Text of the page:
After 30-40 minutes, we reached the place where the rope bridges began. Now, these rope bridges may sound very fun, but I had no idea exactly how unsafe those things would feel when you were on them. The guides probably realised that too, which is why only two could walk on them at a time. At some places there was only enough room to put one foot in front of the other, and the creaking wooden planks you were stepping on did not inspire confidence. Definitely not for the faint of heart, but the view was breathtaking, as we took in just how enormous the forest cover was. We even caught a glimpse of Mt. Mulu, with it's sheer limestone cliffs in the distance. My camera did it's best to capture the vastness of it all, but you really need a wide angle lens to see it properly.
|I found this very interesting|
|My great travel friends|
If I remember correctly, the rope bridges spanned a total of about 500m, and soon we were back on the ground and heading back for lunch; in the afternoon we would be heading out for our first view of the famous Mulu caves.
We left camp around 230pm in the afternoon, again along the wooden pathways, though this time for a little over an hour into the forest. There we reached a clearing where the mountain sort of rose up right in front of us. Again, the size of it was amazing; I couldn't wait to get to the caves.
We reached Langs cave after a short half hour walk from the clearing, up the mountain. The guide gave us a short lecture on the formation of the caves, the theory behind the formations and the time that would be needed to form such complex creations. As interesting as that was, I quickly forgot about that once I went inside and saw it for myself.
After a lot of fiddling with my camera settings, I was able to get off a few shots of the interior and the formations, which were all very strategically lit up so as not to ruin the darkness of the caves (we needed to carry torches with us and they were in use a lot!) but yet enough to provide illumination for the various limestone formations there.
Langs cave was great, but what we were really looking forward to was Deer Cave, which is supposed to be the largest natural cave in the entire world, able to comfortably house nine cathedrals inside it. Famous too, for being the home of around 3 million bats that rush out of the cave every evening in a spectacular display against the fading light of dusk.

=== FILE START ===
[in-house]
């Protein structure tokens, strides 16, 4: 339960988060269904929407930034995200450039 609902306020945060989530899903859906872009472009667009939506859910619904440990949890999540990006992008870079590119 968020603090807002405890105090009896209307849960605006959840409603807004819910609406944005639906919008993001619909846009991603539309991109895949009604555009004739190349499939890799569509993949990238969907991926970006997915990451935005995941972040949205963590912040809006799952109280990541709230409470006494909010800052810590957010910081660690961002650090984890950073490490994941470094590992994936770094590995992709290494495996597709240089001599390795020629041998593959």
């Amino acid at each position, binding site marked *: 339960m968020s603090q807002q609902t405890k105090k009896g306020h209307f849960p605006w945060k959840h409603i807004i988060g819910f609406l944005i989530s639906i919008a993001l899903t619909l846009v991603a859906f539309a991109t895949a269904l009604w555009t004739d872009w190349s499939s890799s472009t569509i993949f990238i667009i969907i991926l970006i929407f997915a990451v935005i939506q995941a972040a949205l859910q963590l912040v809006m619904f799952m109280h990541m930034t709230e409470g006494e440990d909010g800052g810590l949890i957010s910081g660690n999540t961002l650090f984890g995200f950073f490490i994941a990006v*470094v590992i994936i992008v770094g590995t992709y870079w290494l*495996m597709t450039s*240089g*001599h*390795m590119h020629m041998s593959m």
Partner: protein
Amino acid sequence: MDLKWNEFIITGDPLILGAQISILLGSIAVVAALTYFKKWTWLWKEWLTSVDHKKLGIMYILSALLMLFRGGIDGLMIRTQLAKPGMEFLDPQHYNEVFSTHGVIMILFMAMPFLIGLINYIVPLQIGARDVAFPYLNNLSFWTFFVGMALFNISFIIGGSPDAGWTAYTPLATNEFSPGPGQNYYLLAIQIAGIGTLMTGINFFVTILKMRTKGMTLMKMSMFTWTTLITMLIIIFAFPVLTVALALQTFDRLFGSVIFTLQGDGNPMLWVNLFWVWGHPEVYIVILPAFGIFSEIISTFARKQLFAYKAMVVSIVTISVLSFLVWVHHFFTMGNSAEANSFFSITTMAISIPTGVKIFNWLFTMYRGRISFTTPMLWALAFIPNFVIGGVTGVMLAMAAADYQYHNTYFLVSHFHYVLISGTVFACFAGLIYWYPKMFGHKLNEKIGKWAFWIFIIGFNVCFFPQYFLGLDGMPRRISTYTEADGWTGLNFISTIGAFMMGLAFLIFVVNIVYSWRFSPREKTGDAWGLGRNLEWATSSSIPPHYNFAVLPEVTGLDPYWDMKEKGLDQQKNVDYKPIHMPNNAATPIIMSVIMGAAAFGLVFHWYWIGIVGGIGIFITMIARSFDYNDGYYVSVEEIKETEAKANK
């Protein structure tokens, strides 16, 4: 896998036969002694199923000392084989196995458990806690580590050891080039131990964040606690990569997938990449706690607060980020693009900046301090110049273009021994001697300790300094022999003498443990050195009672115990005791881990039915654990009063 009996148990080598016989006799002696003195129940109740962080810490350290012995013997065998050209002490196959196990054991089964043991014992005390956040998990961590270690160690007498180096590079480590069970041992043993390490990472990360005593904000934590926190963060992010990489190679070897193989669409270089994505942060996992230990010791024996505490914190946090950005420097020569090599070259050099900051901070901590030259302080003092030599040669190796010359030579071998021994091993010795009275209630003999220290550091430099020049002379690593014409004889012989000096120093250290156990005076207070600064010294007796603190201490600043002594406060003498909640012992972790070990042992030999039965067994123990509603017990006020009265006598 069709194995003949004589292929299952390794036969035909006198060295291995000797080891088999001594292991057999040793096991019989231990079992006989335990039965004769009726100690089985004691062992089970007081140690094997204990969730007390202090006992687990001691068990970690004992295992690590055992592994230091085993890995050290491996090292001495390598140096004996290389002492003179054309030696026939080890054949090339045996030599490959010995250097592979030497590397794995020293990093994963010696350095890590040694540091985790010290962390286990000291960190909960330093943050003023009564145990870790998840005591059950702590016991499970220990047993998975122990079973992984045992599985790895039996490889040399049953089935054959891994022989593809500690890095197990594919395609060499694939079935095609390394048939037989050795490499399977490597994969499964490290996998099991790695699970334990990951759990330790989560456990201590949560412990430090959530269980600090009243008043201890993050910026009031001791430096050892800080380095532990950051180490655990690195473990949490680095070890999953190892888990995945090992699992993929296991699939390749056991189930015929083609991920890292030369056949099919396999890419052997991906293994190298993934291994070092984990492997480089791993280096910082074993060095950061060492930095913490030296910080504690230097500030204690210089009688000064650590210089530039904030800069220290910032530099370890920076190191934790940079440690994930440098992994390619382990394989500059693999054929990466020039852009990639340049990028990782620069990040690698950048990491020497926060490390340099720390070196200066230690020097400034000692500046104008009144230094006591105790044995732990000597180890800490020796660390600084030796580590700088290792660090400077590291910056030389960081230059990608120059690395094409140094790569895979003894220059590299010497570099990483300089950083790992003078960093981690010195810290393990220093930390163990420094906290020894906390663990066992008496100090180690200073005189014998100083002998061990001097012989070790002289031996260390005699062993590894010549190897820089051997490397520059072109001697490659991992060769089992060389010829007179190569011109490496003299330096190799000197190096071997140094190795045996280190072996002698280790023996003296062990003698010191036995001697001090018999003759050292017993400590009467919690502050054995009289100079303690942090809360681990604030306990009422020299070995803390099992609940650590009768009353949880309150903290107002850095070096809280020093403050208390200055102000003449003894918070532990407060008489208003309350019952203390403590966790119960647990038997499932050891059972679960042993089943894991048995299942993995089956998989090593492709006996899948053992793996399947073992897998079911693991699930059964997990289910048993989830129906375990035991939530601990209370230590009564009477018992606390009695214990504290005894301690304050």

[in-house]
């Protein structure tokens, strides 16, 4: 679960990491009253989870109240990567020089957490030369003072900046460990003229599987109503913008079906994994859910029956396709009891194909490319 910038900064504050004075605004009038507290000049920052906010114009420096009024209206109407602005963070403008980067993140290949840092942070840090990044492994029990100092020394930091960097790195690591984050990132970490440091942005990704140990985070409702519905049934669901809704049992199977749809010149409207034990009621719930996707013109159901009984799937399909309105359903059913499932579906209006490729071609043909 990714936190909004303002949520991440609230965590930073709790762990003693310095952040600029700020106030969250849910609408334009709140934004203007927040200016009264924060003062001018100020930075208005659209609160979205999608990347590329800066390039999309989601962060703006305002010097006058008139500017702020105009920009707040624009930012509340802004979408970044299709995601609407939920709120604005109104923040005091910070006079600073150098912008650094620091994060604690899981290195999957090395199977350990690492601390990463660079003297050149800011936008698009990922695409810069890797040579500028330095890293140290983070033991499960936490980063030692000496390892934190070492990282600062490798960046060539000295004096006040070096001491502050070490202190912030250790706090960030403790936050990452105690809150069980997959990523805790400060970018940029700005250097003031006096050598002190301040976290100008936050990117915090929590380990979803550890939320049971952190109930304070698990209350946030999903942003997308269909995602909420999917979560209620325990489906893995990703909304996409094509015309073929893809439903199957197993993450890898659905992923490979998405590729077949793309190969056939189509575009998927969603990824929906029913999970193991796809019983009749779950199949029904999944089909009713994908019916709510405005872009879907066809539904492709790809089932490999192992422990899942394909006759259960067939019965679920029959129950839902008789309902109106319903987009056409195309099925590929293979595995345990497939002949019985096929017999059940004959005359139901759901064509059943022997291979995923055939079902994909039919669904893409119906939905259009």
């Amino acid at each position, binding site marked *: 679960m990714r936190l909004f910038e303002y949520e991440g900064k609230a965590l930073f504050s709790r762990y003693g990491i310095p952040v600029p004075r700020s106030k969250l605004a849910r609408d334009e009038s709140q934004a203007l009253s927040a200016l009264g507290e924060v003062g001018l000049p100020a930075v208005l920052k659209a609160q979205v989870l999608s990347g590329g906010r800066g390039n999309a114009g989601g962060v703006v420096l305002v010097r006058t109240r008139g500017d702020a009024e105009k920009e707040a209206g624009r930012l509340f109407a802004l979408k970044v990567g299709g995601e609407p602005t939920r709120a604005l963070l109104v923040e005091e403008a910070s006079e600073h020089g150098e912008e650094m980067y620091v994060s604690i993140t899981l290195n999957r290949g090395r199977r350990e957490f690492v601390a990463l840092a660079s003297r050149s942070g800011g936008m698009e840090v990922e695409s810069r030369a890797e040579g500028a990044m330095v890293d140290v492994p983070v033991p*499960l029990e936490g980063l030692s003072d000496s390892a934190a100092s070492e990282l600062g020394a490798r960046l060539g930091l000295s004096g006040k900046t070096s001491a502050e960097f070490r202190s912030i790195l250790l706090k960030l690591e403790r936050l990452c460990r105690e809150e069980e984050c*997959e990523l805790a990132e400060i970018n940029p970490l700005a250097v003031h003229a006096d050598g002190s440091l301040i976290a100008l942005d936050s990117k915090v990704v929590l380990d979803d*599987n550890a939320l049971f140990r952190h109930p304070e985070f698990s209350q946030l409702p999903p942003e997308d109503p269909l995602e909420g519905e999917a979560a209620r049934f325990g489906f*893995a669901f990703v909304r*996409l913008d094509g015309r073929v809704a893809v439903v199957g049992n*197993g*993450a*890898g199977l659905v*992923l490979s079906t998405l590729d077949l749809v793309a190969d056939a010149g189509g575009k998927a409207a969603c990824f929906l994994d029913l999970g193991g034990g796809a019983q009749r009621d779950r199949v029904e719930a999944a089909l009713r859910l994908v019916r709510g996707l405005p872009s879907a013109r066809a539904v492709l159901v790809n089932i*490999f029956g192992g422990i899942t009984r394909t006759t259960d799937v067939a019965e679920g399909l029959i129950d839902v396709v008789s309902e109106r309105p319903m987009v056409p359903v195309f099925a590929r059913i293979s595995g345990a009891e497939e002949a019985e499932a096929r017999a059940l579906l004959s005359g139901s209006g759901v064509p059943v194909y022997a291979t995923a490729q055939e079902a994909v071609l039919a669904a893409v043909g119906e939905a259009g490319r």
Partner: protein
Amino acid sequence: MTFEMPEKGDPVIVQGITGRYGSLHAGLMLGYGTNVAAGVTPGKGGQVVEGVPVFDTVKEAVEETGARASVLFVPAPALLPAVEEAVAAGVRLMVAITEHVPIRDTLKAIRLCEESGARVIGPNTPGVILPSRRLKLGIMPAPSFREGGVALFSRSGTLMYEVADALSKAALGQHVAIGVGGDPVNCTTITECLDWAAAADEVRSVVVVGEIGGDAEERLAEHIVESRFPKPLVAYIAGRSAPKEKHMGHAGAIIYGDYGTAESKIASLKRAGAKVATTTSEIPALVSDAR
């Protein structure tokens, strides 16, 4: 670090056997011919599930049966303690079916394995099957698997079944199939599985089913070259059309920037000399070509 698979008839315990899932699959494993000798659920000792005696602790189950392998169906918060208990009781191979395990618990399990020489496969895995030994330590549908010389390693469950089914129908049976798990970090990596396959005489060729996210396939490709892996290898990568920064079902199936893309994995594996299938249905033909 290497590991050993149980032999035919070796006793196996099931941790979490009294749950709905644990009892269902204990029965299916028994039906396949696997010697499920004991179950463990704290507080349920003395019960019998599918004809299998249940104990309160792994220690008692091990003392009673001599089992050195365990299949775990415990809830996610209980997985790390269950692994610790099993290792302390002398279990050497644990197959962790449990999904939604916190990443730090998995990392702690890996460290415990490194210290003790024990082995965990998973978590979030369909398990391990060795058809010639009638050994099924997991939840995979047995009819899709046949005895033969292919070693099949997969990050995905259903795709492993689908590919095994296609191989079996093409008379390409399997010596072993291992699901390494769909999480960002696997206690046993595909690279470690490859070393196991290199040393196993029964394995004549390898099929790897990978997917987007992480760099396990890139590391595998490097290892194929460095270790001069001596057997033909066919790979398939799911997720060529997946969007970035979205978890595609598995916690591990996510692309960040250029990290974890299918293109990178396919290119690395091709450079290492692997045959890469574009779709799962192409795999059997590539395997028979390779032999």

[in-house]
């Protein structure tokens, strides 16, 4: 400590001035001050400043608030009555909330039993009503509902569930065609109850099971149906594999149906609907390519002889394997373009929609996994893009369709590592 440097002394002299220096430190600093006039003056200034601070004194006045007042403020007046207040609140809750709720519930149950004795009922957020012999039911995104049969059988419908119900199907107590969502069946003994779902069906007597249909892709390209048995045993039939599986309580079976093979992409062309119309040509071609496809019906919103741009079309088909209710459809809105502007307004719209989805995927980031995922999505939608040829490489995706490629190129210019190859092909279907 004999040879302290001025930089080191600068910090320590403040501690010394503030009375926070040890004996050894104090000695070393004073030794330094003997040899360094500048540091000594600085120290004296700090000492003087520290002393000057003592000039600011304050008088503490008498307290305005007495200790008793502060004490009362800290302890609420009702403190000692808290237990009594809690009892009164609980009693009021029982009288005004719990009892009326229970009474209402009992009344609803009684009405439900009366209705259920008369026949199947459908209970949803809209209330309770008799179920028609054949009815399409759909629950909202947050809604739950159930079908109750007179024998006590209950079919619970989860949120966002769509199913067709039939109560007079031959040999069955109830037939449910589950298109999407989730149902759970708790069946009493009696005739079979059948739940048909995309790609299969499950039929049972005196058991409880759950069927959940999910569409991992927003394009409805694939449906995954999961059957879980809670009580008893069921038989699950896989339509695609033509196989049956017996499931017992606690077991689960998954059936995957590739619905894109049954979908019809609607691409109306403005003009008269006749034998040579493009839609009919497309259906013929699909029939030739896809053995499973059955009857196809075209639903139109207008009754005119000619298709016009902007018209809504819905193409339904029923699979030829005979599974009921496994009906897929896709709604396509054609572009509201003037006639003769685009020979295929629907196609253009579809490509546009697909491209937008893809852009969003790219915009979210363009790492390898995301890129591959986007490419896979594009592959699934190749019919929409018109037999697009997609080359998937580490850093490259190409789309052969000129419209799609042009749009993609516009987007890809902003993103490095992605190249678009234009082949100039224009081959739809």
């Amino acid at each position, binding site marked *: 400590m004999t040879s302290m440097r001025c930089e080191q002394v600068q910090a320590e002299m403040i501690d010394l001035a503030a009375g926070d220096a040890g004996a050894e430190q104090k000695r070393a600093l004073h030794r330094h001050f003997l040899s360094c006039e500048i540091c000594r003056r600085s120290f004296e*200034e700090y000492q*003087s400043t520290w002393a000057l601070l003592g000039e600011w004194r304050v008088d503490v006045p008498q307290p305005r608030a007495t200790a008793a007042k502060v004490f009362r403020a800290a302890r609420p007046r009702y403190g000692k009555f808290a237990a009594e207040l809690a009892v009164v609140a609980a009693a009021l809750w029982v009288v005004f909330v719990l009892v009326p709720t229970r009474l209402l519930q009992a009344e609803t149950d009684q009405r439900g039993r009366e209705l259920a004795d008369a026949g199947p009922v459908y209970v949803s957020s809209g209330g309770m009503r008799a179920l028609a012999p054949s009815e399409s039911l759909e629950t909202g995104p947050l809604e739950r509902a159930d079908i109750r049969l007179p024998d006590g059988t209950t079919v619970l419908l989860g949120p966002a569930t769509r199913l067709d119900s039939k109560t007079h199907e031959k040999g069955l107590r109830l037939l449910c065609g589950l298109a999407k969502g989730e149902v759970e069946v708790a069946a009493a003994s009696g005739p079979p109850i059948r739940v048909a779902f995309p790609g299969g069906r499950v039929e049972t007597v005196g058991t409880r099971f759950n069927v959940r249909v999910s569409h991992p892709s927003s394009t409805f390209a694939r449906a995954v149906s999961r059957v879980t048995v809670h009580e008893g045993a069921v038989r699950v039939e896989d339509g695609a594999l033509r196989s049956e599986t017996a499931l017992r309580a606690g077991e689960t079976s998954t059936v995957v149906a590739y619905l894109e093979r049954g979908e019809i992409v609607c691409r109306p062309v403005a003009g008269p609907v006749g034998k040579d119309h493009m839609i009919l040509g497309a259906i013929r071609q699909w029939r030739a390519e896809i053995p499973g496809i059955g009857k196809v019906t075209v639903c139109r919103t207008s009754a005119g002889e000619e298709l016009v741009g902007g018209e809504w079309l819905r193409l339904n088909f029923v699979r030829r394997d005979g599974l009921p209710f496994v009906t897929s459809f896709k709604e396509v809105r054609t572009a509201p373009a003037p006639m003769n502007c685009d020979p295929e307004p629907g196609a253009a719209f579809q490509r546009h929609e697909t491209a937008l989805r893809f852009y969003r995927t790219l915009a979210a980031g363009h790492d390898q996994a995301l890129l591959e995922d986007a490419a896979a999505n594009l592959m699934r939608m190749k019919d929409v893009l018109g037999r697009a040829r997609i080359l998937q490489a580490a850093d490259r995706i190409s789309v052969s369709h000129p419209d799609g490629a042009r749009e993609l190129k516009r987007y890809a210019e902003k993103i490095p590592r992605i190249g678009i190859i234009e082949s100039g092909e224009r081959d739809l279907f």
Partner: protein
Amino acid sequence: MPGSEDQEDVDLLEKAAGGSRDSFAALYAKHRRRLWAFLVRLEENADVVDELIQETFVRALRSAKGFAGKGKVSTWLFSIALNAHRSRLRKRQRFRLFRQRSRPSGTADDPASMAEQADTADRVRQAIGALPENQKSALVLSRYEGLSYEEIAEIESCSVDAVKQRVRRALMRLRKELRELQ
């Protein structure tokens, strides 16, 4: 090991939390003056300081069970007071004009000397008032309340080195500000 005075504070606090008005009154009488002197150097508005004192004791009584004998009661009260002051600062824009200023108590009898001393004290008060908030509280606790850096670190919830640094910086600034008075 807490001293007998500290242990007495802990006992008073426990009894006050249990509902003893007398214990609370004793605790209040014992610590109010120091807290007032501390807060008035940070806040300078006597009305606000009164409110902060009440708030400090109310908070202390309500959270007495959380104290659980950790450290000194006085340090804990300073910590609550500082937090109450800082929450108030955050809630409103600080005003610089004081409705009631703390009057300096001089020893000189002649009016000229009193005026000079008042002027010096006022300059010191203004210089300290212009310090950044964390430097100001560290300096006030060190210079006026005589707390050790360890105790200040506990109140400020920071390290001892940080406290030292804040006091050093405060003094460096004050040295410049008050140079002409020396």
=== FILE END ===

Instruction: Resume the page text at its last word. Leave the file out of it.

After another half hour walk from Langs cave, we finally reached Deer Cave. The entrance was ominous enough, but once I stepped inside - well, see for yourself.
If ever there were a time for the use of the term 'mind-boggling', this would be it. My eyes just could not understand how huge the interior of the cave was. I felt like a cheap digital camera, vainly attempting to auto focus on a moving object. As you enter the cave, the near wall sort of falls away, revealing the other end of the cave in a manner that makes it appear miles away. There are giant boulders strewn across the floor, and the dull evening light that snakes into the cave makes it look otherworldly. The further in we went, the more our torches came into use, but they too were woefully inadequate to pierce the blackness of the cave. There was a lot movement above us, testament to the sleeping army of bats hiding in the dark recesses of limestone. And of course, where there are bats, there is bat poop, and there was no shortage of supply here - literally, small mountains of poop on the cave floor!
We finally made it out of the cave and headed to the clearing. Just in time too, as the bats started to make their way out of the caves in droves, making zig-zag formations across the skies in an attempt to evade predatory birds that wait near the cave opening to pick them off for an early dinner.
As darkness fell we headed back to our lodging, where thankfully there was electricity. Day 4 would involve more caving, but also the first day of our perilous 3 day Pinnacles trek. Stay tuned!